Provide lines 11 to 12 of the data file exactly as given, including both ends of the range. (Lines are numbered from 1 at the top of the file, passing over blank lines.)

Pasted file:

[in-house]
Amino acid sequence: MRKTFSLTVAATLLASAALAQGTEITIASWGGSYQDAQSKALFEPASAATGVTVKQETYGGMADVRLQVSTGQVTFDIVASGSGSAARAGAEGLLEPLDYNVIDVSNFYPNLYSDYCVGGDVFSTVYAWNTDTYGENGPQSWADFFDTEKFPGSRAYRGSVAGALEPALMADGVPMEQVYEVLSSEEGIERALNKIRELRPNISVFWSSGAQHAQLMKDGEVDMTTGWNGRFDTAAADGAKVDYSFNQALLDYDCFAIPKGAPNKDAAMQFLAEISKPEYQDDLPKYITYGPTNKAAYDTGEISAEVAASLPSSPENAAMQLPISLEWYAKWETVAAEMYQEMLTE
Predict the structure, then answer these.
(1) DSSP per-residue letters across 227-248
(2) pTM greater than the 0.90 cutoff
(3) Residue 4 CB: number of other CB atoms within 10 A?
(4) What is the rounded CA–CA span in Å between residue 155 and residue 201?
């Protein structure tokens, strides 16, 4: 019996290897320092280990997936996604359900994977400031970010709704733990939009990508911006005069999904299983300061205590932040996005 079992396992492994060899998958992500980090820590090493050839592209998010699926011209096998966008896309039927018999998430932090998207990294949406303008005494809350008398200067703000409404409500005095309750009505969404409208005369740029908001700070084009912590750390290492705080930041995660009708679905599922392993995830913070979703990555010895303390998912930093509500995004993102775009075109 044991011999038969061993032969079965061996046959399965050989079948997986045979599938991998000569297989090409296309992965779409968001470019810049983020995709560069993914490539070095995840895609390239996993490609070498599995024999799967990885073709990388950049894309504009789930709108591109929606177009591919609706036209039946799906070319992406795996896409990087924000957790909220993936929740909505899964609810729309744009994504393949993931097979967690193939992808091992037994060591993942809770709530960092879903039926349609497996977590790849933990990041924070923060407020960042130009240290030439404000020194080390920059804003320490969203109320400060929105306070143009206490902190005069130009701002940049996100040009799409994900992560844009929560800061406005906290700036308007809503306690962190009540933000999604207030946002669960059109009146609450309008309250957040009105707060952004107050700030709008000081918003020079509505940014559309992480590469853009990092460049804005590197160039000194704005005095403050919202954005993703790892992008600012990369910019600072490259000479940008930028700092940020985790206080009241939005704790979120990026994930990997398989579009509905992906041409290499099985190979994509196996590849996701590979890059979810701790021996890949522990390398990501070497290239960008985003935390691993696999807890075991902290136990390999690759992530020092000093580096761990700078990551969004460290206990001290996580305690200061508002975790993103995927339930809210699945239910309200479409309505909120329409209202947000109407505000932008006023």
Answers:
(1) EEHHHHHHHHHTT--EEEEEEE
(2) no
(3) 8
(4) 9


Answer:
(2) no
(3) 8